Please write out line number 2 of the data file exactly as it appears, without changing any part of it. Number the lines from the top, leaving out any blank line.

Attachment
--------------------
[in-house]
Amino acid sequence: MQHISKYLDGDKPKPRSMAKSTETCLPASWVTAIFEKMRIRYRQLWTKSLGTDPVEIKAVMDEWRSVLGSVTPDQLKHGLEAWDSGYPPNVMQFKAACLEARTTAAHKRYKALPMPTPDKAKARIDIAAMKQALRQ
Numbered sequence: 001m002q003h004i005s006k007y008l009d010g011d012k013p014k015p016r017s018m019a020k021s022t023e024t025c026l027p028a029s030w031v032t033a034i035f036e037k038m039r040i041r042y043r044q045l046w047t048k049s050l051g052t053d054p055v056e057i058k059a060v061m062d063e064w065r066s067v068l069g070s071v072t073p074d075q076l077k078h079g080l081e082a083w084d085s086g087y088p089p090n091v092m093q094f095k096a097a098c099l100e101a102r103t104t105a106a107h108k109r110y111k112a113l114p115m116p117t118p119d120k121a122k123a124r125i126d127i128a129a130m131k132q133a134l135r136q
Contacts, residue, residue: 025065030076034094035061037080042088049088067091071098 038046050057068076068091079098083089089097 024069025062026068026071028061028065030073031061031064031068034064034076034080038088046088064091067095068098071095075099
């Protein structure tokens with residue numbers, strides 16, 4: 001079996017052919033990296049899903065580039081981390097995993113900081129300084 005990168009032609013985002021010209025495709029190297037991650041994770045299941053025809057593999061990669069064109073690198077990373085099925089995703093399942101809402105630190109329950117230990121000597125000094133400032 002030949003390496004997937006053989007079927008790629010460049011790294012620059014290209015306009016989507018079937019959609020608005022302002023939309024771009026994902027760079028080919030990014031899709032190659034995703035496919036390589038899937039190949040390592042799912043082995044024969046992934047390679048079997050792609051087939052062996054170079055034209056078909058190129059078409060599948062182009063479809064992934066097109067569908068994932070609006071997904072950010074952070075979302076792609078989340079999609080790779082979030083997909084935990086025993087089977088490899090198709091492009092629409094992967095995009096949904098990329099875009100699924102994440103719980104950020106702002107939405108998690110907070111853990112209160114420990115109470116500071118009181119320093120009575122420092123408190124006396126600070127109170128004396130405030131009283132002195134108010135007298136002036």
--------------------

Amino acid sequence: MQHISKYLDGDKPKPRSMAKSTETCLPASWVTAIFEKMRIRYRQLWTKSLGTDPVEIKAVMDEWRSVLGSVTPDQLKHGLEAWDSGYPPNVMQFKAACLEARTTAAHKRYKALPMPTPDKAKARIDIAAMKQALRQ